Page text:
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2.13.2009

Pants!

How about a little history today? How about a little pants history? It's an interesting subject...

* Nomadic Eurasian horsemen such as the Iranian Scythians, along with Achaemenid Persians, were among the first to wear trousers. Funny that they wear galabiyyas now, which I think look pretty cool.

* In ancient China, trousers were only worn by soldiers.

* The first European appearance of trousers was in Hungary, in the 9th century.

* Trousers were introduced into Western European culture at several points in history, but gained their current predominance only in the 16th century, from a Commedia dell'Arte character named Pantalone (the Italian word for trousers, thus, pants).

* In England, in the 12th century, peasants were often seen in long garments to the ankle, rather like trousers. Strangely enough, trouser-like garments, which became rare again in the 13th century, vanished altogether during the 14th, and scarcely reappeared for 400 years.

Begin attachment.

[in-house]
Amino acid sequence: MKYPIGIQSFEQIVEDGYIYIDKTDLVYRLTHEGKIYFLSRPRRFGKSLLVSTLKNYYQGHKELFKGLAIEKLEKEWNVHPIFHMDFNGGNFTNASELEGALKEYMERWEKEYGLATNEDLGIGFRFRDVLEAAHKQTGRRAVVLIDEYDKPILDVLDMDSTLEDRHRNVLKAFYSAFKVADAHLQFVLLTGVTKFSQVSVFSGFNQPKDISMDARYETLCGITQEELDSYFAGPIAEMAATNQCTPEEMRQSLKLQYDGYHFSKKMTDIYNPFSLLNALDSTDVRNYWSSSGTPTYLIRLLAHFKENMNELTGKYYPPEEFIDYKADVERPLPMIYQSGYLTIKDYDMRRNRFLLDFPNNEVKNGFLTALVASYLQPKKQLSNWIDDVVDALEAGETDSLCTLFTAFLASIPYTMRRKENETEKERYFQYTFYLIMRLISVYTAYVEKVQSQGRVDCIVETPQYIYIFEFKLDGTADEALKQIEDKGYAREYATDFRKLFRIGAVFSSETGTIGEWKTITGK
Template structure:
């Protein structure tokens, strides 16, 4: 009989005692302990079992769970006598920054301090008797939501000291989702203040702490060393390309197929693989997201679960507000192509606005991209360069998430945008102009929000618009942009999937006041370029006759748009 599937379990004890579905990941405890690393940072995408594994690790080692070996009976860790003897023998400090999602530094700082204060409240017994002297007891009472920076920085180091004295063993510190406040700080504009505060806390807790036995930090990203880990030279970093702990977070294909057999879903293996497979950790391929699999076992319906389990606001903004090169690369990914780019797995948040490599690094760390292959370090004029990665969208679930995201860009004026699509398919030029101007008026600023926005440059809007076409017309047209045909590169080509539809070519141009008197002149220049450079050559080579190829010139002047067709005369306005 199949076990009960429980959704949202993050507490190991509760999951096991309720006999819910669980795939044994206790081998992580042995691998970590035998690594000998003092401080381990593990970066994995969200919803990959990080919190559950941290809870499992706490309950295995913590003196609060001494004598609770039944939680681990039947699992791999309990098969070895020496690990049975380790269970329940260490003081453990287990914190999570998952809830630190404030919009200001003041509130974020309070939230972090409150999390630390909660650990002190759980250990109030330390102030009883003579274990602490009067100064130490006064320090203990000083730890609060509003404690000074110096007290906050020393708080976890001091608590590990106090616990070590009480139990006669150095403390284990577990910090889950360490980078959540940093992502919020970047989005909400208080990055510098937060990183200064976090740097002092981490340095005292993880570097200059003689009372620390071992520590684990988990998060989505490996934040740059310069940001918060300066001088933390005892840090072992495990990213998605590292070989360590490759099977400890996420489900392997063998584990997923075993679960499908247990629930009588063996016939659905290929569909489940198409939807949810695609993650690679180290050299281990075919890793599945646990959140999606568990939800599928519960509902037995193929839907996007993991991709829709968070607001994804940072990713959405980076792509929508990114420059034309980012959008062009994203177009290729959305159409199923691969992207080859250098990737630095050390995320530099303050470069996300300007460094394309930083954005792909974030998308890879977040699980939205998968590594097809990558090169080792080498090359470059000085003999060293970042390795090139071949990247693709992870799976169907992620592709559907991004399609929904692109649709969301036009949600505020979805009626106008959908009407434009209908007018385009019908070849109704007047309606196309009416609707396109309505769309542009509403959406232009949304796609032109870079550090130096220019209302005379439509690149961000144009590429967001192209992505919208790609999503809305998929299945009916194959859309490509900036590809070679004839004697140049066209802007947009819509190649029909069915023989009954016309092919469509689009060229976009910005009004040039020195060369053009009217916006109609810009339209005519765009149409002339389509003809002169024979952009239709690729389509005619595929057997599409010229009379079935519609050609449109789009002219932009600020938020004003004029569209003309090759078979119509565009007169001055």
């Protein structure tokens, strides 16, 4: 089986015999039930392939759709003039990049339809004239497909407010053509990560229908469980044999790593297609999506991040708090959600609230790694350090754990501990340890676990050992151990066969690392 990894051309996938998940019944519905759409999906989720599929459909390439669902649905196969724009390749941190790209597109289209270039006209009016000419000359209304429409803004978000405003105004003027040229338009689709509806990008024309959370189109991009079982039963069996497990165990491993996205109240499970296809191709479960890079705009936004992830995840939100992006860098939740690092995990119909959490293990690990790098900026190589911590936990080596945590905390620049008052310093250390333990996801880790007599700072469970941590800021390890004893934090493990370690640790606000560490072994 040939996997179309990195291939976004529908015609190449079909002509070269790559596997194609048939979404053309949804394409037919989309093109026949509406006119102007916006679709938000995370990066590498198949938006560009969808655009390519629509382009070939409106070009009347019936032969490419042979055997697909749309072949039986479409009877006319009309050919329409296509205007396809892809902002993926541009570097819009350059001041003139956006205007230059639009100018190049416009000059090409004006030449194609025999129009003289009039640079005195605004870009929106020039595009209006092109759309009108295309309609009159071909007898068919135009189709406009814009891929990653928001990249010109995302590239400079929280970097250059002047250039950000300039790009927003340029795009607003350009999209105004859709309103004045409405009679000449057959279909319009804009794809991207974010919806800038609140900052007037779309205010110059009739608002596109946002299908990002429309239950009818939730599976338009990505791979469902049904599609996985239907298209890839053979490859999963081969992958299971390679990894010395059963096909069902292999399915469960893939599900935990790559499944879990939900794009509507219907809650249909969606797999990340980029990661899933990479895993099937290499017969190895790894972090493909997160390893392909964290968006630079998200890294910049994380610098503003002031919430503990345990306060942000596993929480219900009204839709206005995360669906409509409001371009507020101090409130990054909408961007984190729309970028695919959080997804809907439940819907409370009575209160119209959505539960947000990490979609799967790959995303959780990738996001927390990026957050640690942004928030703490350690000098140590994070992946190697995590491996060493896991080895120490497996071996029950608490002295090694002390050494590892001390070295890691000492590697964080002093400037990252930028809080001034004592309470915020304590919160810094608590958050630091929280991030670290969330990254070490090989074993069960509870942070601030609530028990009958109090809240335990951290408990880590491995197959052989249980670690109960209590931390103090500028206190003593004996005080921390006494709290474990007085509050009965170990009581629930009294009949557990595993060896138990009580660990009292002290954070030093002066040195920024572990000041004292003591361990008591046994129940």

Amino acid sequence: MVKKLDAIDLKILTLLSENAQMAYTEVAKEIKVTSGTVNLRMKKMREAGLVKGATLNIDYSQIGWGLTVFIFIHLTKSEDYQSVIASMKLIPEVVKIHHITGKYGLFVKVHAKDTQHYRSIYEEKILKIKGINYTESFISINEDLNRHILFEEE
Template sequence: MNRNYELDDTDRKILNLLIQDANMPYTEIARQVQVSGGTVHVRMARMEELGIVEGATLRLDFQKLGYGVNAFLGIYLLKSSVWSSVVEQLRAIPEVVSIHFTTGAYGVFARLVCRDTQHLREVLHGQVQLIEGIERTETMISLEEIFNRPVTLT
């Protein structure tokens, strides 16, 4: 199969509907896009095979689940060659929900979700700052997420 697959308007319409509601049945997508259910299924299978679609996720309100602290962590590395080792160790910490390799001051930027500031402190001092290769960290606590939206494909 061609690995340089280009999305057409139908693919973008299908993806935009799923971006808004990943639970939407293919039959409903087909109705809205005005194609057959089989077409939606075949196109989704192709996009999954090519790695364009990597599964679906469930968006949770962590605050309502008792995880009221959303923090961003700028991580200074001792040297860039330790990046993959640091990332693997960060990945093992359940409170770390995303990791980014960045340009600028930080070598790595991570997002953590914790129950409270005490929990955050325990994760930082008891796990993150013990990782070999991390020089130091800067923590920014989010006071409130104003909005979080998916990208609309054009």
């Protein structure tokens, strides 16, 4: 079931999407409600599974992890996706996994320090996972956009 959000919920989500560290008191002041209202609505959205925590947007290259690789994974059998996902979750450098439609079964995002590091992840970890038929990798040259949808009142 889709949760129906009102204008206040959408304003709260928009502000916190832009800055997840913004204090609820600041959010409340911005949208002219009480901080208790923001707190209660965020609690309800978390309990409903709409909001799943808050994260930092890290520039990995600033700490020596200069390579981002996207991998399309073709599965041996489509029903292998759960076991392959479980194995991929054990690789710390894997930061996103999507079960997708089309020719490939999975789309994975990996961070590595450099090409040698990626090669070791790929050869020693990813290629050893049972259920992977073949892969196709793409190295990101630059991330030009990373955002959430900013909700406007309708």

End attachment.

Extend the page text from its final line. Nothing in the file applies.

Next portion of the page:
* By the end of the 16th century, the codpiece had been incorporated into hose, which were roughly knee-length and featured a fly or fall front opening.

* During the French Revolution the male citizens of France adopted a working-class costume including ankle-length trousers in place of the aristocratic knee-breeches. This style was introduced to England in the early 19th century and supplanted breeches as fashionable streetwear by mid-century.

* Breeches survived into the 1940s as the plus-fours, or knickerbockers, worn for active sports and by young school-boys. Types of breeches are still worn today by golfers and baseball and American football players.

* In Great Britain, pants are not trousers, they're underwear. Likewise, knickers are not knee pants, they are women's underwear. Remember this if you ever go there.

* Sailors may have played a role in creating trousers as a fashion around the world. In the 17th and 18th centuries, sailors wore baggy trousers known as galligaskins. Sailors were also the first to wear jeans, or trousers made of a fabric that came from Denim, France (for Serge de Nîmes). These became more popular in the late 19th century in the American West because of their ruggedness and durability, and survive today, easily the most popular pants of the modern world.